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OS-105 - 1946 US Navy Day Fighter (alternatives to the Vought F7U Cutlass)

rousseau

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I selected some layout of cutlass but some of front view or side view picture still lacking. I looking forward to you guys will post more.

[Removed - better copies below - Admin]
 

Antonio

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USN Carrier Based Day Fighter requirement from 1946 generated 12 submissions:

Douglas D-565
Martin Model 235
McDonnell Model 40 and 40A
Chance Vought V-346A to D
Boeing Model 454
Boeing Model 459
Curtiss Wright unknown design
North American unknown design

The winner was Model V-346A which was produced as F7U Cutlass
 

Mark Nankivil

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Thanks to PhotoGator, here's a look at Vought V-346C...

Enjoy the Day! Mark
 

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robunos

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From 'Chance Vought F7U Cutlass', Naval Fighters 6,

"The Navy opened a 1945 fighter competition for a fighter capable of 40,000 feet and 600 mph....
Twelve designs were submitted by six companies.
Vought submitted four, McDonnell NAA and Curtiss-Wright two each, and Martin and Douglas one each.
The final contenders were Vought's V-346A,B,C, and the Douglas 565
The Vought V-346A was chosen as the winner on June 25th, 1946..."

V-346A :-Swept-wing tailless aircraft weighing 14,300lbs, with two J-34 engines inside the fuselage,
Top speed 620 mph, rate of climb 6,500 fpm.

V-346B :-Conventional swept-wing aircraft weighing 15,700lbs, with two J-34 engines inside the fuselage,
Top speed 605 knots, rate of climb 5,800 fpm.

V-346C :- Similar to the V-346A, with the addition of one J-34 engine, giving a weight of 17,500lbs,
a Top Speed of 655 knots, and rate of climb 9,700 fpm.

V-346D :-Conventional swept-wing aicraft weighing 20,950lbs with three engines,
of which two were to be mounted in nacelles under each wing, and a third in the fuselage.
Top Speed 610 knots, rate of climb 7,000 fpm.

cheers,
Robin.

[Removed pics as better ones posted below - Admin]
 

Bill S

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I had a little time, while sitting here scanning, to read the posts
from the beginning and found this one on the V-346.
From Vought Archives
Three years later, a response! :)
 

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hesham

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Also from the Spangenberg Index, courtesy of RyanCrierie;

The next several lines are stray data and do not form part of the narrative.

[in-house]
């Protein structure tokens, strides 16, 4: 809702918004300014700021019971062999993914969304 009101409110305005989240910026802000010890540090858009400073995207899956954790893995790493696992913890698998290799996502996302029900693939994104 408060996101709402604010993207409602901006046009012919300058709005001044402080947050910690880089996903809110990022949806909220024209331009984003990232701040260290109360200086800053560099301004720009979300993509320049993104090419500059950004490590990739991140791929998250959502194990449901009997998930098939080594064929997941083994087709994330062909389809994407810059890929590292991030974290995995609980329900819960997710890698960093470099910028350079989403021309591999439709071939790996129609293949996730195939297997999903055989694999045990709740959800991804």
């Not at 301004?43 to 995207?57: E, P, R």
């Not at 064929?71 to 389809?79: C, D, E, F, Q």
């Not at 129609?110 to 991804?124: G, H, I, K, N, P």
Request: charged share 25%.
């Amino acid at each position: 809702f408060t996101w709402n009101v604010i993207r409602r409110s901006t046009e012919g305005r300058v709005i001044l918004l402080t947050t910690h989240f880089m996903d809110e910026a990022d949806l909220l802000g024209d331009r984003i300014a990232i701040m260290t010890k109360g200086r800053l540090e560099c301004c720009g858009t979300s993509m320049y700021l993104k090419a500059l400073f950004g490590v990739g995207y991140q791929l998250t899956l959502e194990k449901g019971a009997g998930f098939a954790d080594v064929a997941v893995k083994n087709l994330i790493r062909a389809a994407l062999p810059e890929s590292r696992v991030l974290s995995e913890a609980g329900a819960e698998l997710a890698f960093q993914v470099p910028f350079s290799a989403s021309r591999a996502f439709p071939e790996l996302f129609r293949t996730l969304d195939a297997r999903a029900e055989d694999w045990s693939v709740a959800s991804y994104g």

the Curtiss-Wright proposal was P.538,and there is
P.551 may be for the same Specification,and North
American RD.1544.
 

overscan (PaulMM)

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Posted by Pometablava

USN Carrier Based Day Fighter requirement from 1946 generated 12 submissions:

Douglas D-565
Martin Model 235
McDonnell Model 40 and 40A
Chance Vought V-346A to D
Boeing Model 454
Boeing Model 459
Curtiss Wright unknown design
North American unknown design

The winner was Model V-346A which was produced as F7U Cutlass
 

Antonio

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Tailspin,

my reference for the Boeing entries come from Tony Buttler's "American Secret Projects. Fighters & interceptors 1945-1978" Page 40.
 

Tailspin Turtle

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pometablava said:
Tailspin,
my reference for the Boeing entries come from Tony Buttler's "American Secret Projects. Fighters & interceptors 1945-1978" Page 40.

I don't have that book handy but Tony recently sent me an email that said he weaseled-worded (my phrasing) the formality of the Boeing proposal in the text on that page...

Of course, the omission might be the result of the Vought sales manager being misinformed or forgetting one of the competitors, but he seems to have taken a lot of care with his reports so it's probably not the latter.

The fighter class desk officer in charge later wrote that “about a dozen entries (were received) from six or eight companies”. He may not have stated an exact number of "entries" or companies because some of the proposals from some of the companies were rejected out of hand on receipt as not being compliant. That reduces BuAer's evaluation work load and would account for the omission of Boeing from the sales manager's report.
 

Tailspin Turtle